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Boatswain’s Mate

by on 11 August 2022

Dealing With a Sex Pest – Edwardian Style

The Boatswain’s Mate

music and libretto by Dame Ethel Smyth

Spectra Ensemble at The Arcola Theatre until 13th August, then on tour until 9th October

Review by Patrick Shorrock

Ethyl Smyth

It seems to be Dame Ethel Smyth’s year, with her opera, The Wreckers, performed at Glyndebourne and the Proms.  The Boatswain’s Mate is lighter fare and actually funny (which can’t be always be said for operatic comedies).  It’s worth hearing, as the music is pleasing, if not, perhaps, desperately individual.  Pianist and Music Director John Warner – well supported by Emily Earl on violin and Meera Priyanka Raja on cello – did a fine job with the reduced score, while giving hints that the full orchestration might have something to add to the overall effect. 

The lively overture features Smyth’s famous March of the Women – the anthem of the Suffragette Movement.  We see a woman on a deck chair reading.  She is subjected to the clearly unwanted advances from a man in beachwear.  She is successful in driving him away when she proves that she is better than he is playing with his beach-ball. 

Mrs Waters (a splendid Josephine Goddard) is a widow running a country inn (The Beehive).  She is regularly inflicted with offers of marriage from Harry Benn, a retired boatswain (John Upperton, sleazily effective and vocally incisive).  She goes off on an errand, leaving Benn minding the pub.   When Ned Travers, a broke ex-soldier (Shaun Aquilina, also a fine singer but like Goddard too young for the part) arrives, Benn persuades him to pretend to burgle the inn, so that Benn can play the heroic rescuer.  However, it all goes wrong for Benn, when Ned and Mrs Waters come to an understanding and agree to convince Benn that she shot the intruder.  When the police arrive – to the opening notes of Beethoven’s Fifth Symphony –  Benn is suitably embarrassed at the absence of a corpse, and the opera ends with Ned and Mrs Waters getting closer together.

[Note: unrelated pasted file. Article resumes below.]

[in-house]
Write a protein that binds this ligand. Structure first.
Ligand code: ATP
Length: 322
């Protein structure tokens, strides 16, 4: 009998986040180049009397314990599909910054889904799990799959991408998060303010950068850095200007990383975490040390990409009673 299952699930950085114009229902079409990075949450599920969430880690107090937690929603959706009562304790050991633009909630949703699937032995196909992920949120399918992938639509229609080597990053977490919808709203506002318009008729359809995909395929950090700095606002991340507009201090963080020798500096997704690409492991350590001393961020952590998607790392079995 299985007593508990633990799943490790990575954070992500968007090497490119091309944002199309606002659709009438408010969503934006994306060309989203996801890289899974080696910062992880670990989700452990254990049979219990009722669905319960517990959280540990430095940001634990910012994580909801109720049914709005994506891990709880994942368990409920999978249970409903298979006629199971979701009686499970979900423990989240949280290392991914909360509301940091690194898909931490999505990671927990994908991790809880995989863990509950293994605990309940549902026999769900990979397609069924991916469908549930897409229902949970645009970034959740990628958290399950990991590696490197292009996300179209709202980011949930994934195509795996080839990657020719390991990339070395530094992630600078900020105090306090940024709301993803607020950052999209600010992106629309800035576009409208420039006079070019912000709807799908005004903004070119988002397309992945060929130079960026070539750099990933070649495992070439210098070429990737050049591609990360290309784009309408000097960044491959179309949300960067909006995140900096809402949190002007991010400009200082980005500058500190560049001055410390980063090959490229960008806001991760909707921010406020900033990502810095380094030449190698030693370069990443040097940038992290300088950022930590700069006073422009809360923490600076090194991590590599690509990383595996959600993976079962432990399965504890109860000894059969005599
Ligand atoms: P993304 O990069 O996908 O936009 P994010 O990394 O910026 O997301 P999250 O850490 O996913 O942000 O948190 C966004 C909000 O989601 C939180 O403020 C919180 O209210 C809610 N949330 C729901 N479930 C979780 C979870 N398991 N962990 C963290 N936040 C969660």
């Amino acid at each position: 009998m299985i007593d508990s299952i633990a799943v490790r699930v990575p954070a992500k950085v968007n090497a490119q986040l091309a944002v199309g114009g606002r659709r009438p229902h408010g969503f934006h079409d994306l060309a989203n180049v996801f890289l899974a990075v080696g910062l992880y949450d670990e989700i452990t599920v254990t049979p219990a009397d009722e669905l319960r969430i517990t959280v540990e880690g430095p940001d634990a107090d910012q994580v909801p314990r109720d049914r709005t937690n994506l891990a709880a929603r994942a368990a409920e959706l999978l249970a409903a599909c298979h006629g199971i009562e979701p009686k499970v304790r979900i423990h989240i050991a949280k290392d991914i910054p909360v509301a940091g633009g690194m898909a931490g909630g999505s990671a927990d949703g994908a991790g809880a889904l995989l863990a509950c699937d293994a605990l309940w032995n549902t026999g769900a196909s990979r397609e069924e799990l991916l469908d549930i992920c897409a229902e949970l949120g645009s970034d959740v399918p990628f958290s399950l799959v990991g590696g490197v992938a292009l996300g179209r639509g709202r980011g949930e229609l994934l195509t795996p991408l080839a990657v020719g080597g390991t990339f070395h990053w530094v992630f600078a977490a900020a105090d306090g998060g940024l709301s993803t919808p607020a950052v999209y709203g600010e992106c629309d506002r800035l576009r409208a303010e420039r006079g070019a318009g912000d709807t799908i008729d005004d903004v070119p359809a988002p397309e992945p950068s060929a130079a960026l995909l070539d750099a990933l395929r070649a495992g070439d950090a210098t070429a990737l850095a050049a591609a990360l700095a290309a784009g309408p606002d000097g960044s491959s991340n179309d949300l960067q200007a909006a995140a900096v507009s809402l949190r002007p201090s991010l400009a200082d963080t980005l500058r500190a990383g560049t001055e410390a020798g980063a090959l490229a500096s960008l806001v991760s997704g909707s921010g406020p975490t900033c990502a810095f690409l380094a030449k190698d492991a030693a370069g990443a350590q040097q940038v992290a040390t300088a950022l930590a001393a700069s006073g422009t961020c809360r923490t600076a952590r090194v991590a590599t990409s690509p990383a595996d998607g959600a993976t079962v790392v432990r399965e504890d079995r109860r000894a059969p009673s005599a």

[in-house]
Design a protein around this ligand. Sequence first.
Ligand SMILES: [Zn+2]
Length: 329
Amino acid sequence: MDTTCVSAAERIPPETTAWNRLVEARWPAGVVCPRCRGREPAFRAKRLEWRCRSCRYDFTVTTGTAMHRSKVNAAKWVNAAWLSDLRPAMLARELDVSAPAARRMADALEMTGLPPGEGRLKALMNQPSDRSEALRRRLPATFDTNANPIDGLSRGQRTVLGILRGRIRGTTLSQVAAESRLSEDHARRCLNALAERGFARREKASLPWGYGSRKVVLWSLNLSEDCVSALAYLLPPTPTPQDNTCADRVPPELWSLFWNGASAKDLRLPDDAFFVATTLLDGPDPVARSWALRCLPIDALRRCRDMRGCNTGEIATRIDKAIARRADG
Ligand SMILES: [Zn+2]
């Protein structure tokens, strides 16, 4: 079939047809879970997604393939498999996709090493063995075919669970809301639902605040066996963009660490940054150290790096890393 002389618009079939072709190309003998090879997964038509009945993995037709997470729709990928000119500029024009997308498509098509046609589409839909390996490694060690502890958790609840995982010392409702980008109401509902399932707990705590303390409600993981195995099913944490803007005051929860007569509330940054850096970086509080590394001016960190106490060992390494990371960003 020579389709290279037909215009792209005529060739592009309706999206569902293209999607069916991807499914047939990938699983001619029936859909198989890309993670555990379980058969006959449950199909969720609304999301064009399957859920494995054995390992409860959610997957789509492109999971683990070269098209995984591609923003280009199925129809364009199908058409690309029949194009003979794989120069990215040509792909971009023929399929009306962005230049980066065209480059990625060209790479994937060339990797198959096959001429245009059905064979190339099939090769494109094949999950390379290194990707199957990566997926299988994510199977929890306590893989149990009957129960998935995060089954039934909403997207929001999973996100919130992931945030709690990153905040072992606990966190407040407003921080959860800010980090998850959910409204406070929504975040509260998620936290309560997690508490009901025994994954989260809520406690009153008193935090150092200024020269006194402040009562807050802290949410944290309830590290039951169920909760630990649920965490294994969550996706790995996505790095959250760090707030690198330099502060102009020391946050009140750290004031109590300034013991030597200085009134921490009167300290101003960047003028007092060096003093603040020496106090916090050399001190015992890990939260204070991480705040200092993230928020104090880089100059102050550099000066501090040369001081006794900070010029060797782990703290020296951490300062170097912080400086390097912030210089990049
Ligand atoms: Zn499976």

It’s all rather amusing – aided by Smyth’s sprightly, witty score with just a hint of English folk wistfulness – although it would have been even more amusing if the words had been easier to hear, or surtitles had been provided.  Josephine Goddard is a splendid landlady, although she slightly over-sings, which really isn’t necessary in a venue this small or with a voice this good.  She provides evidence of the frumpish power of an overall and a pair of marigolds, as she no longer quite convinces as an ageing widow past her prime, once these are replaced by nightwear.

Fine support is provided by ensemble singers Beca Davies (also Mrs Travers’ assistant, Mary Ann), Philippe Durrant, and Robert Winslade Anderson (also the Policeman who shows that G and S don’t have a monopoly on comic depictions of the constabulary).   Cecilia Stinton’s production effectively plays up the sit com element.  But she doesn’t quite make her mind up whether it is set now or at the period of writing (1914): Ellie Roser’s fine costumes seem decidedly Edwardian but Ned’s long hair definitely isn’t.   

I suspect the piece’s feminist credentials have been slightly hyped.  It’s more that it taps into that operatic vein of strong female characters where the comedy is at expense of a representative of twilight patriarchy like Don Pasquale or Falstaff.  If anyone wanted an interesting double bill, The Boatswain’s Mate would make an intriguing contrast with Ravel’s L’Heure espagnole where the heroine is similarly adroit in deterring unwanted male attentions. 

Patrick Shorrock, August 2022

Photography by Lidia Crisafulli

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